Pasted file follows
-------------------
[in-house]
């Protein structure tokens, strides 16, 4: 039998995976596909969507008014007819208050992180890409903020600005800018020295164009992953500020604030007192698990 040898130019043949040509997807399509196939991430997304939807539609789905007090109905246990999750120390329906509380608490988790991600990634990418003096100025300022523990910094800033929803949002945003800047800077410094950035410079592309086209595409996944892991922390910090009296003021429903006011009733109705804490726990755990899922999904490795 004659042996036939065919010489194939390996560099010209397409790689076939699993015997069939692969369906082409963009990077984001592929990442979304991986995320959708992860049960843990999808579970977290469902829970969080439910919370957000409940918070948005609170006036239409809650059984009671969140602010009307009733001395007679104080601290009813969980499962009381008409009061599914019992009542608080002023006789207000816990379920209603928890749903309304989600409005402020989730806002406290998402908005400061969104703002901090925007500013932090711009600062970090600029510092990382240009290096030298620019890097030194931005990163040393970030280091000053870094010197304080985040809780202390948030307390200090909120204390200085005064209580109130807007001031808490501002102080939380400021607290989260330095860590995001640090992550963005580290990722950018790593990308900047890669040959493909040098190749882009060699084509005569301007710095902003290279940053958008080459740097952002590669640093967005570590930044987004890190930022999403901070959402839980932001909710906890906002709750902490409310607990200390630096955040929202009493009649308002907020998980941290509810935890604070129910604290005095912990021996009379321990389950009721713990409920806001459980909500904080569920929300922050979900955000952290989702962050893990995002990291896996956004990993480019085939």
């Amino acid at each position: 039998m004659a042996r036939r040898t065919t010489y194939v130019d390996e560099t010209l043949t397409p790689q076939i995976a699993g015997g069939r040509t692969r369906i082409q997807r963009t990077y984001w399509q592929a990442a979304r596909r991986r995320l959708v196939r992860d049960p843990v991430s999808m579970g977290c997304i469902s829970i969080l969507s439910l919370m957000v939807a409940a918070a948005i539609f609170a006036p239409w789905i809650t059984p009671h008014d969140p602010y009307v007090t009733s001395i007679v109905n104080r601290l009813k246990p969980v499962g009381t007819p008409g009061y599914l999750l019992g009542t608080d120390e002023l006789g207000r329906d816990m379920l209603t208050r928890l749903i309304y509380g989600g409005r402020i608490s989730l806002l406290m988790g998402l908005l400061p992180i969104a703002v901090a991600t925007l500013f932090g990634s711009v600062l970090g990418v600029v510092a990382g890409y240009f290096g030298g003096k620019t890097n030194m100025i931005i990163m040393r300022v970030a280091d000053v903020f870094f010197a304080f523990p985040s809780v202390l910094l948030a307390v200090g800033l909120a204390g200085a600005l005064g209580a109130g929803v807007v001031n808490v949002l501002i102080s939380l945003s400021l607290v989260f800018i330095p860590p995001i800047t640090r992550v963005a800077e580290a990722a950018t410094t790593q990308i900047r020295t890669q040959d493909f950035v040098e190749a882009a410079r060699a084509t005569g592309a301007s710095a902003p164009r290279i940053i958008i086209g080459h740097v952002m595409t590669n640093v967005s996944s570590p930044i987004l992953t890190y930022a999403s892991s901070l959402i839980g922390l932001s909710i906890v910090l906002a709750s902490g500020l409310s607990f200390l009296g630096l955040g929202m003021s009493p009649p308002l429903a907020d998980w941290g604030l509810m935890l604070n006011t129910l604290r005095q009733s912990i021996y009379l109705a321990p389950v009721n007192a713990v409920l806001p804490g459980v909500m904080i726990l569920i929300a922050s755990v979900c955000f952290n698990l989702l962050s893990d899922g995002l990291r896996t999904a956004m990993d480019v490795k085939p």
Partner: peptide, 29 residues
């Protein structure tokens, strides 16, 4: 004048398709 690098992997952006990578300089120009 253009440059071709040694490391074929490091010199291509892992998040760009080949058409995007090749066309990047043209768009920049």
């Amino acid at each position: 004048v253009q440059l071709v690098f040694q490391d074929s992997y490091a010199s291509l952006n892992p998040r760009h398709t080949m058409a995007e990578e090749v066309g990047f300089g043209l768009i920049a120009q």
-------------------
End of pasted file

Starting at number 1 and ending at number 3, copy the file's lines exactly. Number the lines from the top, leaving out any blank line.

[in-house]
């Protein structure tokens, strides 16, 4: 039998995976596909969507008014007819208050992180890409903020600005800018020295164009992953500020604030007192698990 040898130019043949040509997807399509196939991430997304939807539609789905007090109905246990999750120390329906509380608490988790991600990634990418003096100025300022523990910094800033929803949002945003800047800077410094950035410079592309086209595409996944892991922390910090009296003021429903006011009733109705804490726990755990899922999904490795 004659042996036939065919010489194939390996560099010209397409790689076939699993015997069939692969369906082409963009990077984001592929990442979304991986995320959708992860049960843990999808579970977290469902829970969080439910919370957000409940918070948005609170006036239409809650059984009671969140602010009307009733001395007679104080601290009813969980499962009381008409009061599914019992009542608080002023006789207000816990379920209603928890749903309304989600409005402020989730806002406290998402908005400061969104703002901090925007500013932090711009600062970090600029510092990382240009290096030298620019890097030194931005990163040393970030280091000053870094010197304080985040809780202390948030307390200090909120204390200085005064209580109130807007001031808490501002102080939380400021607290989260330095860590995001640090992550963005580290990722950018790593990308900047890669040959493909040098190749882009060699084509005569301007710095902003290279940053958008080459740097952002590669640093967005570590930044987004890190930022999403901070959402839980932001909710906890906002709750902490409310607990200390630096955040929202009493009649308002907020998980941290509810935890604070129910604290005095912990021996009379321990389950009721713990409920806001459980909500904080569920929300922050979900955000952290989702962050893990995002990291896996956004990993480019085939």
């Amino acid at each position: 039998m004659a042996r036939r040898t065919t010489y194939v130019d390996e560099t010209l043949t397409p790689q076939i995976a699993g015997g069939r040509t692969r369906i082409q997807r963009t990077y984001w399509q592929a990442a979304r596909r991986r995320l959708v196939r992860d049960p843990v991430s999808m579970g977290c997304i469902s829970i969080l969507s439910l919370m957000v939807a409940a918070a948005i539609f609170a006036p239409w789905i809650t059984p009671h008014d969140p602010y009307v007090t009733s001395i007679v109905n104080r601290l009813k246990p969980v499962g009381t007819p008409g009061y599914l999750l019992g009542t608080d120390e002023l006789g207000r329906d816990m379920l209603t208050r928890l749903i309304y509380g989600g409005r402020i608490s989730l806002l406290m988790g998402l908005l400061p992180i969104a703002v901090a991600t925007l500013f932090g990634s711009v600062l970090g990418v600029v510092a990382g890409y240009f290096g030298g003096k620019t890097n030194m100025i931005i990163m040393r300022v970030a280091d000053v903020f870094f010197a304080f523990p985040s809780v202390l910094l948030a307390v200090g800033l909120a204390g200085a600005l005064g209580a109130g929803v807007v001031n808490v949002l501002i102080s939380l945003s400021l607290v989260f800018i330095p860590p995001i800047t640090r992550v963005a800077e580290a990722a950018t410094t790593q990308i900047r020295t890669q040959d493909f950035v040098e190749a882009a410079r060699a084509t005569g592309a301007s710095a902003p164009r290279i940053i958008i086209g080459h740097v952002m595409t590669n640093v967005s996944s570590p930044i987004l992953t890190y930022a999403s892991s901070l959402i839980g922390l932001s909710i906890v910090l906002a709750s902490g500020l409310s607990f200390l009296g630096l955040g929202m003021s009493p009649p308002l429903a907020d998980w941290g604030l509810m935890l604070n006011t129910l604290r005095q009733s912990i021996y009379l109705a321990p389950v009721n007192a713990v409920l806001p804490g459980v909500m904080i726990l569920i929300a922050s755990v979900c955000f952290n698990l989702l962050s893990d899922g995002l990291r896996t999904a956004m990993d480019v490795k085939p």